“I urge my wife to eat more, but she is too busy. Doesn’t take care of herself. Why should I be blamed for that?” If every community is riddled with unwritten norms, the invisible scaffolding that frames the behaviour of husbands and wives in village India paints the inner workings of a community. That outburst from a man at a community meeting, led to some aggressive talk-back, as expected. In the end, with some facilitation, the conversation moved towards mutuality: men and women agreeing to help each another in finishing their daily chores and eat healthy.
In a predominantly patriarchal society, acknowledgement of these issues is a big step forward towards social behaviour change. And that’s what project RANI (Reduction in Anaemia through Normative Innovations) is trying to achieve in villages across Odisha’s Angul district. The point? The best way to understand societies is to look at their social norms. In this case, for the collective to function efficiently and combat its high burden of anaemia, especially among younger women.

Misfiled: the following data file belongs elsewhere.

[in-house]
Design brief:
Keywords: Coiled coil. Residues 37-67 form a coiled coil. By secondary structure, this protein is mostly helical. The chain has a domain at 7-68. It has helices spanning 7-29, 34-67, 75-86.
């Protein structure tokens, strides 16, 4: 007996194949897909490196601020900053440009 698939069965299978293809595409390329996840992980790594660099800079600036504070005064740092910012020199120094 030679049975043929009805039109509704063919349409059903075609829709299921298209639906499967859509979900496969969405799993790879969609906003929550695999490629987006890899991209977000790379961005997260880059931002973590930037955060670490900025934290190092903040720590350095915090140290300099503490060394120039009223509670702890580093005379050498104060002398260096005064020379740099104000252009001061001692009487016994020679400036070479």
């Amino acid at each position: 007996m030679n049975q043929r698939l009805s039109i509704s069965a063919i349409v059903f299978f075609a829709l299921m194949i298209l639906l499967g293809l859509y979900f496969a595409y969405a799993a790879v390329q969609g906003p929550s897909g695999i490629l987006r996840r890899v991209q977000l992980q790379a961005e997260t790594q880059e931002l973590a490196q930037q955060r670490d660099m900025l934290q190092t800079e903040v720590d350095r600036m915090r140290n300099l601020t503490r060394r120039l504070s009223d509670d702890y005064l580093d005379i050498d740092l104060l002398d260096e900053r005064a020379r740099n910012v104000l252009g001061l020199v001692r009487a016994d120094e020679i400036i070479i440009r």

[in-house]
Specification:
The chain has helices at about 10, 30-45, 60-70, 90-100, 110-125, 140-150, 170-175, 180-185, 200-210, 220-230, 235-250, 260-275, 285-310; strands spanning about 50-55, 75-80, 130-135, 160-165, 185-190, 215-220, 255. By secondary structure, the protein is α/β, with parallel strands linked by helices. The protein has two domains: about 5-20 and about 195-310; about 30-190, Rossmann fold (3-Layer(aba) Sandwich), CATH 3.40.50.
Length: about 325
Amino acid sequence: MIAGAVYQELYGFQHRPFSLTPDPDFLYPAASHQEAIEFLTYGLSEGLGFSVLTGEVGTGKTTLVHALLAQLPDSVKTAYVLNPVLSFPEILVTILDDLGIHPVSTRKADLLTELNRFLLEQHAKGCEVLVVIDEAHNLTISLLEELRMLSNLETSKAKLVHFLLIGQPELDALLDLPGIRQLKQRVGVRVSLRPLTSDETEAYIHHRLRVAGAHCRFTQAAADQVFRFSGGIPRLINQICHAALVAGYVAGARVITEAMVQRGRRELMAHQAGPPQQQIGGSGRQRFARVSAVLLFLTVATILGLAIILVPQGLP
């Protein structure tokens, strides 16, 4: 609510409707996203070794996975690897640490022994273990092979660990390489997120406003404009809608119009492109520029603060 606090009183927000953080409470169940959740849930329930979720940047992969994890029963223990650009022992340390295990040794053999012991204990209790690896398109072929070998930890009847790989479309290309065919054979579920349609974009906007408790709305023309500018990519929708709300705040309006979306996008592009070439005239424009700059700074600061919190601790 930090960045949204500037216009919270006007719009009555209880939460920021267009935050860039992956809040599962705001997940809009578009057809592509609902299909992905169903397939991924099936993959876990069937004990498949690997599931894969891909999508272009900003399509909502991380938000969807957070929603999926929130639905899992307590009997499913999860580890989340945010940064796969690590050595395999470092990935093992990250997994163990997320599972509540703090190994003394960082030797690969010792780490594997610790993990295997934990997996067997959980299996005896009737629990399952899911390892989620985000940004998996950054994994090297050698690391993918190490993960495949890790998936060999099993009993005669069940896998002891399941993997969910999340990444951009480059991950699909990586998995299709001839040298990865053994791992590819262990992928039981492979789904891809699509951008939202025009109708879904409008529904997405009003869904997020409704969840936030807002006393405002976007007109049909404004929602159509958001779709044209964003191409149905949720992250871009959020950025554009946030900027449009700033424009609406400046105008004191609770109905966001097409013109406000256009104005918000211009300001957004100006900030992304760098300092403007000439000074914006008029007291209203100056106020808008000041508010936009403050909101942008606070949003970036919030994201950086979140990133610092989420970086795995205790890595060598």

The story of India
It is heartbreaking that an agrarian country like India should have abysmally high anaemia rates. Not only has there been tremendous efforts from the Government on reducing malnutrition and anaemia, the country is blessed with abundance of locally grown fruits and vegetables. Yet the reality of anaemia in India is grim. There are pockets in the country where 70 per cent* women of reproductive age (15-49 years) have anaemia, that is, haemoglobin (Hb) level below 12 gm/dl. More often than not, it is neglected and not treated as a disease.